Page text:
I will create an Android application that helps users determine the best location for distributing flyers on the UCF campus. The application will have two modes: data collection and distribution location search. In data collection mode, the application will log GPS location information and periodically upload it to a central server through HTTP. In search mode, the application will present the user with search parameters, such as time of day and window length. The search request will be submitted to the central server, and the response shown on the phone in the form of a map location.

The central server will run in a LAMP environment. It will be responsible for collecting data from users and determining the best location to distribute flyers based search parameters and the data it has collected. It should also give the user alternatives to the best location. The algorithm to determine the best location should weight recent data more heavily than older data, and should account for users that pass the same location multiple times (they don't need two flyers). There will also be a simple web interface that can perform a search from any computer.

Tristan Gibeau
P06: UCF Parking Heat & Route Maps

I plan on either developing an iPhone & Android web app. I am currently developing a web app that is able to access the GPS information off of the iPhone, and is able to detect where the user is. I currently have working code that is successfully grabbing the GPS information from the iPhone. I am then going to take the GPS data from the phone to calculate which garage/lot they are located in. I have mapped each row for the major lots used on our campus and they are being properly detected. I use the information from the GPS to detect which row the user is in and start a counter. This way I can track for how long they are in each row, when they leave the counter stops. This will be used to generate a heat map type setup where users can then see what rows are utilized more by UCF students, staff, and faculty. This is factor in with ratios depending on usage of the overall rows. Rows are also additive in the since if a vehicle re-enters are row or garage the timer is then incremented for the additional time. This way those types of rows can be shown as not a likely candidates for parking spots. I have done the same idea on the parker garages, but since GPS information becomes very inaccurate, I have utilize basic timers for each garage. I plan on generating this data as an overlay on Google Maps using colors green, yellow and red, where green is the least busiest and red is the busiest. I will then take the information from each day and hour to generate the maps to see where UCF visitors park at different times of the day. For example, I will display data for Monday from time 9:00 - 11:00 AM. This data then will be displayed in an easy to understand map where UCF visitors can quickly see where the best location is to park that day at that specific time. I will have all this information pushed up to an SQL database where I will then be able to keep track of the data. I have many friends that have iPhones, and I have asked if they will use my web app to collect data. Depending on how successful I am, I may incorporate UCF parking services to aid them in data collection.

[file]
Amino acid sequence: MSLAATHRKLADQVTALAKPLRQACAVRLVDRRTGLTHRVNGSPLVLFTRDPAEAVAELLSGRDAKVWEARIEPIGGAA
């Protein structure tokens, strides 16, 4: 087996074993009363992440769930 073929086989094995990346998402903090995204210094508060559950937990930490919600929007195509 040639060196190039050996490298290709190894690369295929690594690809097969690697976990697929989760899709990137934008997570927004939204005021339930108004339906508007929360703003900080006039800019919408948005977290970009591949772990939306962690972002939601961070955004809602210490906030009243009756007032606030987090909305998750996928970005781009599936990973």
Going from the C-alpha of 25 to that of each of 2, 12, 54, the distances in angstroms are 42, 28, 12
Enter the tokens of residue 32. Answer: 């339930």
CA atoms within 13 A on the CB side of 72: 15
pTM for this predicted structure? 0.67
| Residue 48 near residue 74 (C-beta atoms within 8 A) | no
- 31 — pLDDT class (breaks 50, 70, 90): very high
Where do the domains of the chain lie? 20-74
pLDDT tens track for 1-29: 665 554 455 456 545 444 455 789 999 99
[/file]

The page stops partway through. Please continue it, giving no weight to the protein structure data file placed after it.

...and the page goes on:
If I begin to have issues with the implantation of a web app, I am going to focus on an iPhone app.

Michael Glus
P07: Survey: Privacy issues in urban sensing

In this paper I will research privacy issues that apply to wireless urban sensing. First I will examine the privacy concerns that arise most often, followed by how these issues impact network design. Some potential solutions and models will be presented. Also, ideas to implement certain solutions will be outlined. Finally, an evaluation of how the industry ranks the preceding privacy issues and also some potential future privacy problems will be discussed.

Preliminary list of papers that will be surveyed (in no particular order, more may be added)

  1. Shaikh, R.A., Jameel, H., d'Auriol, B.J., Sungyoung Lee, Young-Jae Song, Heejo Lee. Network level privacy for wireless sensor networks. ISIAS '08. Fourth International Conference on Information Assurance and Security, page(s):261 - 266, 8-10 Sept. 2008.
  2. Qijun Gu, Xiao Chen. Privacy preserving mobility control products in wireless sensor networks. International Symposium on Parallel Architectures, Algorithms, and Networks, 2008. I-SPAN 2008, page(s):159 - 164, 7-9 May 2008.
  3. Jianbo Yao, Guangjun Wen. Protecting classification privacy data aggregation in wireless sensor networks. WiCOM '08. 4th International Conference on Wireless Communications, Networking and Mobile Computing, 2008, page(s):1 - 5, 12-14 Oct. 2008.
  4. Carbunar, B., Yang Yu, Shi, L., Pearce, M., Vasudevan, V. Query privacy in wireless sensor networks. SECON '07 4th Annual IEEE Communications Society Conference on Sensor, Mesh and Ad Hoc Communications and Networks, 2007, page(s):203 - 212, 18-21 June 2007.
  5. Jian Ren, Yun Li, Tongtong Li. Routing-based source-location privacy in wireless sensor networks. ICC '09. IEEE International Conference on Communications, 2009, page(s):1 - 5, 14-18 June 2009.
  6. Ying Jian, Shigang Chen, Zhan Zhang, Liang Zhang. A novel scheme for protecting receiver's location privacy in wireless sensor networks. IEEE Transactions on Wireless Communications, Volume 7, Issue 10, page(s):3769 - 3779, October 2008.
  7. Wenjing Lou, Kui Ren. Security, privacy, and accountability in wireless access networks. IEEE Wireless Communications, Volume 16, Issue 4, page(s):80 - 87, Aug. 2009.